Safe Sex, Sex Ed

The State of Sex Education in the USA in 2023

March 22, 2023 by Emily Mendelson

The state of sex education in the USA is vastly different across states. As of May 2023, there are 23 states that do not require sex education for high school students. Additionally, in the 27 states that do have sex education mandates, the information teachers provide does not necessarily have to be useful, correct, or unbiased. In fact, only 17 states require that sex education be medically accurate. Further, 29 states require abstinence to be stressed in the classroom.

Simply put, America is failing its youth when it comes to sex education that actually answers their questions and equips them with knowledge that will protect their sexual health. This is part of the reason why the United States has much higher rates of teen pregnancy and STIs than other industrialized countries. Check out the infographic below for a closer look at how variable sex education is throughout the nation today. 

Sex education is vital to adolescent health, but content matters. Research has found that U.S. states with the most abstinence-only programs actually have the highest rates of teen pregnancy [1]. This effect is magnified for conservative-aligned states [2], which also lead the country in implementing abortion bans. By contrast, comprehensive sex education is not only linked to lower rates of teen pregnancy [3], but also to lower rates of STI-risk behavior [4]. The evidence is overwhelming that simply teaching students to avoid sex until marriage is linked to worse outcomes than teaching them practical sexual skills and information.

Comprehensive sex education offers a number of benefits beyond improved sexual health. For example, these programs are linked to greater feelings of sexual empowerment by shifting traditional views of men and women [5]. This, in turn, can facilitate healthier sexual relationships.

Without school-based sex education, adolescents are likely to turn to unreliable and inaccurate sources of information about sex, including peers and porn. Students want useful school-based sex ed, too. In fact, some research has found that students see school as their single most-important source of sexual health information [6]. However, more and more states are allowing parents the ability to “opt-out” of sex education for their children, and more restrictions are being put in place on what can be taught, including increasing prohibition of LGBTQ+ discussion in classrooms. This is creating more barriers when it comes to adolescents’ ability to obtain comprehensive sex education.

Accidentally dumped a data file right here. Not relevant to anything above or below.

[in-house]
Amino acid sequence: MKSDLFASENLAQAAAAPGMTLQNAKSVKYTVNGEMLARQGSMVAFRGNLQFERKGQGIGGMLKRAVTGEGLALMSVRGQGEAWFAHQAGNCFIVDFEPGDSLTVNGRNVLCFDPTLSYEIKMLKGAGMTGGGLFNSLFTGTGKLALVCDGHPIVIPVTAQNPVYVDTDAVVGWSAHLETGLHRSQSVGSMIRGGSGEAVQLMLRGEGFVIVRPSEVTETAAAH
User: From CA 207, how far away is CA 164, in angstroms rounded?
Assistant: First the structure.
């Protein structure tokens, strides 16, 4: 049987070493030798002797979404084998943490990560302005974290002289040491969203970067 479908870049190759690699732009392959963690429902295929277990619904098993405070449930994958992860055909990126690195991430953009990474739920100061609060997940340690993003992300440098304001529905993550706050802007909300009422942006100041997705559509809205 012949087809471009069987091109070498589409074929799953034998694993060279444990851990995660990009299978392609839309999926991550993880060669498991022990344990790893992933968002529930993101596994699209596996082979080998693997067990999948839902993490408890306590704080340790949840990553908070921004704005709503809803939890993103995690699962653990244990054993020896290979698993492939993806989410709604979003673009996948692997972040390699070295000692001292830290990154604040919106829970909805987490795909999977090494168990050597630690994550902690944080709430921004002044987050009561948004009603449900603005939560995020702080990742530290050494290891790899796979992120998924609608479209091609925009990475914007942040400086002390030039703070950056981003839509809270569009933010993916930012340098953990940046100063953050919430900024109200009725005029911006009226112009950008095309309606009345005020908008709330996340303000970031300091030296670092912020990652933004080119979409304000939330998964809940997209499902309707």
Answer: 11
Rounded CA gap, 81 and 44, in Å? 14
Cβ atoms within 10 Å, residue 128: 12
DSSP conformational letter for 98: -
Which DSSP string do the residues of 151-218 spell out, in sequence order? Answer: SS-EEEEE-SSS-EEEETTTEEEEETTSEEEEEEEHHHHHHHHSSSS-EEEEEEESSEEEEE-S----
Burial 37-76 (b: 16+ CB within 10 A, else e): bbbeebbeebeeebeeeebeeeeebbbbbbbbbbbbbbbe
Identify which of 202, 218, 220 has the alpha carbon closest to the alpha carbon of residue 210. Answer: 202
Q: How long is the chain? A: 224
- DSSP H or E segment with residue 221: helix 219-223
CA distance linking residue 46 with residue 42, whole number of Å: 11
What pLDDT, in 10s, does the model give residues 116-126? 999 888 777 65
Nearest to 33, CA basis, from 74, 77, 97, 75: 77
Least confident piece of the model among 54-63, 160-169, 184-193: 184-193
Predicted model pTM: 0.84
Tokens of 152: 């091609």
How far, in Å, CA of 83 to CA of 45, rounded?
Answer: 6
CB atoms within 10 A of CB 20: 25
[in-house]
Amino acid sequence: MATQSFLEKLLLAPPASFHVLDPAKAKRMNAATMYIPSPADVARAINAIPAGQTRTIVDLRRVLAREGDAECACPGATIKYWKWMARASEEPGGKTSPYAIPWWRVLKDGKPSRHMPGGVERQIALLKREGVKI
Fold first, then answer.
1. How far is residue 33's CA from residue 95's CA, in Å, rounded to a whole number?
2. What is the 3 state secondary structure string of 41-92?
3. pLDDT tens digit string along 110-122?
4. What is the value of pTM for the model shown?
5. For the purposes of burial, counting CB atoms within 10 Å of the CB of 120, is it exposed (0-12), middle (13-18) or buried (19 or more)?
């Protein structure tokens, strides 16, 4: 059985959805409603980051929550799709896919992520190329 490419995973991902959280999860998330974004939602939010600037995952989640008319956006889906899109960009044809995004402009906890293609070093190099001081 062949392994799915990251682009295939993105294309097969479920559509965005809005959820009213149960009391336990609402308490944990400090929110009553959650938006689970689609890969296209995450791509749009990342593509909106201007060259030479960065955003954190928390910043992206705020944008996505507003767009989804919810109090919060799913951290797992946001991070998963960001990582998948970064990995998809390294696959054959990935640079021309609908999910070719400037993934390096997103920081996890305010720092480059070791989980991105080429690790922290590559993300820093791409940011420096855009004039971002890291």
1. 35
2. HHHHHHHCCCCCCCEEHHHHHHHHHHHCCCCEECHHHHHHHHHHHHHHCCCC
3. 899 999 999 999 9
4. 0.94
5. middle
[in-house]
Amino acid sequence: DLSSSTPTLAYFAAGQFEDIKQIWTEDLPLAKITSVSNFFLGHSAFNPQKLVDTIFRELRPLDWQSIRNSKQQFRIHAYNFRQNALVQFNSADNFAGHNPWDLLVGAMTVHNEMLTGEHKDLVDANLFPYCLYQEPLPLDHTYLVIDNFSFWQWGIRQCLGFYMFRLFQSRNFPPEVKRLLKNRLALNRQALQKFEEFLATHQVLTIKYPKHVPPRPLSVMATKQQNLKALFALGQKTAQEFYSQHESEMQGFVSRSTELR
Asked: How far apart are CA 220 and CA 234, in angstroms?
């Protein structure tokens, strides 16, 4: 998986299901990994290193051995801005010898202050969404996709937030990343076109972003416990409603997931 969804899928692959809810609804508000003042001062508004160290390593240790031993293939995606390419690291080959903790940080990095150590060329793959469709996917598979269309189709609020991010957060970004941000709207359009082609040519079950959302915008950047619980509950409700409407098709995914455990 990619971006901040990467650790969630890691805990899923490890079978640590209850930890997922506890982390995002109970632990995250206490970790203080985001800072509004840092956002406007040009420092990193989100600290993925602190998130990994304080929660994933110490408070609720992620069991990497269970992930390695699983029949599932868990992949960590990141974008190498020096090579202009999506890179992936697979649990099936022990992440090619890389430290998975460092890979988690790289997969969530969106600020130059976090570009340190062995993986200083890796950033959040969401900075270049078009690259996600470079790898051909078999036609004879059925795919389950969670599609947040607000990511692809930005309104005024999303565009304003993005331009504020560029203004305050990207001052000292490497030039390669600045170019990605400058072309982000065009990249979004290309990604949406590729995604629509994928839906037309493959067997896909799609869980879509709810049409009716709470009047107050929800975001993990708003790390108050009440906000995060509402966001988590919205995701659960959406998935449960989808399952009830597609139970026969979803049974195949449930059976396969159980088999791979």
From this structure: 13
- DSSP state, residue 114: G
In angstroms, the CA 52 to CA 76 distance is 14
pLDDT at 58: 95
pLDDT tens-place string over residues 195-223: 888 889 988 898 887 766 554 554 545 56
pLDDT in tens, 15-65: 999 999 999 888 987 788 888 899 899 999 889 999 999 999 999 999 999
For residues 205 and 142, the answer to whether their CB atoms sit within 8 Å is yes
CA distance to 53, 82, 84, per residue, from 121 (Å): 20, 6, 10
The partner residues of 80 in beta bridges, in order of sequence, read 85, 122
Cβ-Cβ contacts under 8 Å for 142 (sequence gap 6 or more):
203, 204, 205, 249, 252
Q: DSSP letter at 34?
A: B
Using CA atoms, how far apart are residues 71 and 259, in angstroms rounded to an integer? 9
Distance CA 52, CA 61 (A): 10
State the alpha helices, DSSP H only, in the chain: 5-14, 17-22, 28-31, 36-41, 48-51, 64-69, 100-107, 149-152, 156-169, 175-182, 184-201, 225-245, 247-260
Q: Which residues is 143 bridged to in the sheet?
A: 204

If you want to help facilitate change, start by getting involved at the local level, because this is where most decisions about sex education content are actually made. Take interest in what your kids are learning (or failing to learn) about sex in school. Identify deficiencies in the program and follow-up with your local school board.

[1] Stanger-Hall, K.F., Hall, D.W. (2011). Abstinence-only education and teen pregnancy rates: Why we need comprehensive sex education in the U.S. PLoS ONE 6(10): e24658. doi:10.1371/journal.pone.0024658

[2] Fox, A. M., Himmelstein, G., Khalid, H., & Howell, E. A. (2019). Funding for abstinence-only education and adolescent pregnancy prevention: Does state ideology affect outcomes? American Journal of Public Health, 109(3), 497–504.

[3] Kohler, P.K., Manhart, L.E., & Lafferty, W.E. (2008). Abstinence-only and comprehensive sex education and the initiation of sexual activity and teen pregnancy. Journal of Adolescent Health, 42, 344-351. doi:10.1016/j.jadohealth.2007.08.026

[4] Stanger-Hall, K.F., Hall, D.W. (2011). Abstinence-only education and teen pregnancy rates: Why we need comprehensive sex education in the U.S. PLoS ONE 6(10): e24658. doi:10.1371/journal.pone.0024658

[5] Grose, R. G., Grabe, S., & Kohfeldt, D. (2014). Sexual education, gender ideology, and youth sexual empowerment. The Journal of Sex Research, 51(7), 742-753.

[6] Seiler-Ramadas, R., Grabovac, I., Niederkrotenthaler, T., & Dorner, T. E. (2020). Adolescents’ perspective on their sexual knowledge and the role of school in addressing emotions in sex education: An exploratory analysis of two school types in Austria. The Journal of Sex Research.

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Image Credits: Map made with, infographic made on Canva. Data from the Guttmacher Institute.

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Dr. Justin Lehmiller
Founder & Owner of Sex and Psychology

Dr. Justin Lehmiller is a social psychologist and Research Fellow at The Kinsey Institute. He runs the Sex and Psychology blog and podcast and is author of the popular book Tell Me What You Want. Dr. Lehmiller is an award-winning educator, and a prolific researcher who has published more than 50 academic works.

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